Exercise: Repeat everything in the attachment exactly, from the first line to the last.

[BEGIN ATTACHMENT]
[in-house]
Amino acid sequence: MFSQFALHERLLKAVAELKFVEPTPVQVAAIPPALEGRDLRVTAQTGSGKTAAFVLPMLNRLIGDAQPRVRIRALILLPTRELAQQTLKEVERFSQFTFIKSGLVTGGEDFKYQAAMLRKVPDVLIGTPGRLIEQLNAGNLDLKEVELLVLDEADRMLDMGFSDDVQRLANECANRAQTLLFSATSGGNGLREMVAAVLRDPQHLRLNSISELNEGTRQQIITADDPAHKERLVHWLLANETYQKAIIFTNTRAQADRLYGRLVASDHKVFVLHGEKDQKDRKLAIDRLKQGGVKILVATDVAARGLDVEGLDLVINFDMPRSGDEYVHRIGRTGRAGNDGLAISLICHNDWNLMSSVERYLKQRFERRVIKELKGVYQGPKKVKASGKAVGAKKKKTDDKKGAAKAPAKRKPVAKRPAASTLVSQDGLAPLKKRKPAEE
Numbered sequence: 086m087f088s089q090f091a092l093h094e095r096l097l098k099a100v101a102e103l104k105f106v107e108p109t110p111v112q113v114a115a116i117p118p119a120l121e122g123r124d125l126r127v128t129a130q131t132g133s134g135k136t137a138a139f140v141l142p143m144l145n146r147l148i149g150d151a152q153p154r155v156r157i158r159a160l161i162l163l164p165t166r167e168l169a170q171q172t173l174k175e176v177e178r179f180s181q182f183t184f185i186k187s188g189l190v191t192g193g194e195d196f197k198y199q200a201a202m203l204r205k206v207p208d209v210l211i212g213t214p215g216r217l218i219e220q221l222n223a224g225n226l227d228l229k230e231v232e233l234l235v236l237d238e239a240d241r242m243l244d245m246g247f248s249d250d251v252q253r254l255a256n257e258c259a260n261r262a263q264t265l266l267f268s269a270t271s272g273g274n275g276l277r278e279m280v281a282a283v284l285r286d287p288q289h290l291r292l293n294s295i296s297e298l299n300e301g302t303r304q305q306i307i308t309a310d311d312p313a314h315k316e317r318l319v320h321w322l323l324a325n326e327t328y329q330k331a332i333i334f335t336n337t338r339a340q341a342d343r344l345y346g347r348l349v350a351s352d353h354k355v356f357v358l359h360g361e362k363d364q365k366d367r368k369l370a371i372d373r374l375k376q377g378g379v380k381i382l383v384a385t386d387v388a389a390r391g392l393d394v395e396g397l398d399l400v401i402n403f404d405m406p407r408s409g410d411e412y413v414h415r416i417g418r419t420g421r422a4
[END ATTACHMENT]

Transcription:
[in-house]
Amino acid sequence: MFSQFALHERLLKAVAELKFVEPTPVQVAAIPPALEGRDLRVTAQTGSGKTAAFVLPMLNRLIGDAQPRVRIRALILLPTRELAQQTLKEVERFSQFTFIKSGLVTGGEDFKYQAAMLRKVPDVLIGTPGRLIEQLNAGNLDLKEVELLVLDEADRMLDMGFSDDVQRLANECANRAQTLLFSATSGGNGLREMVAAVLRDPQHLRLNSISELNEGTRQQIITADDPAHKERLVHWLLANETYQKAIIFTNTRAQADRLYGRLVASDHKVFVLHGEKDQKDRKLAIDRLKQGGVKILVATDVAARGLDVEGLDLVINFDMPRSGDEYVHRIGRTGRAGNDGLAISLICHNDWNLMSSVERYLKQRFERRVIKELKGVYQGPKKVKASGKAVGAKKKKTDDKKGAAKAPAKRKPVAKRPAASTLVSQDGLAPLKKRKPAEE
Numbered sequence: 086m087f088s089q090f091a092l093h094e095r096l097l098k099a100v101a102e103l104k105f106v107e108p109t110p111v112q113v114a115a116i117p118p119a120l121e122g123r124d125l126r127v128t129a130q131t132g133s134g135k136t137a138a139f140v141l142p143m144l145n146r147l148i149g150d151a152q153p154r155v156r157i158r159a160l161i162l163l164p165t166r167e168l169a170q171q172t173l174k175e176v177e178r179f180s181q182f183t184f185i186k187s188g189l190v191t192g193g194e195d196f197k198y199q200a201a202m203l204r205k206v207p208d209v210l211i212g213t214p215g216r217l218i219e220q221l222n223a224g225n226l227d228l229k230e231v232e233l234l235v236l237d238e239a240d241r242m243l244d245m246g247f248s249d250d251v252q253r254l255a256n257e258c259a260n261r262a263q264t265l266l267f268s269a270t271s272g273g274n275g276l277r278e279m280v281a282a283v284l285r286d287p288q289h290l291r292l293n294s295i296s297e298l299n300e301g302t303r304q305q306i307i308t309a310d311d312p313a314h315k316e317r318l319v320h321w322l323l324a325n326e327t328y329q330k331a332i333i334f335t336n337t338r339a340q341a342d343r344l345y346g347r348l349v350a351s352d353h354k355v356f357v358l359h360g361e362k363d364q365k366d367r368k369l370a371i372d373r374l375k376q377g378g379v380k381i382l383v384a385t386d387v388a389a390r391g392l393d394v395e396g397l398d399l400v401i402n403f404d405m406p407r408s409g410d411e412y413v414h415r416i417g418r419t420g421r422a4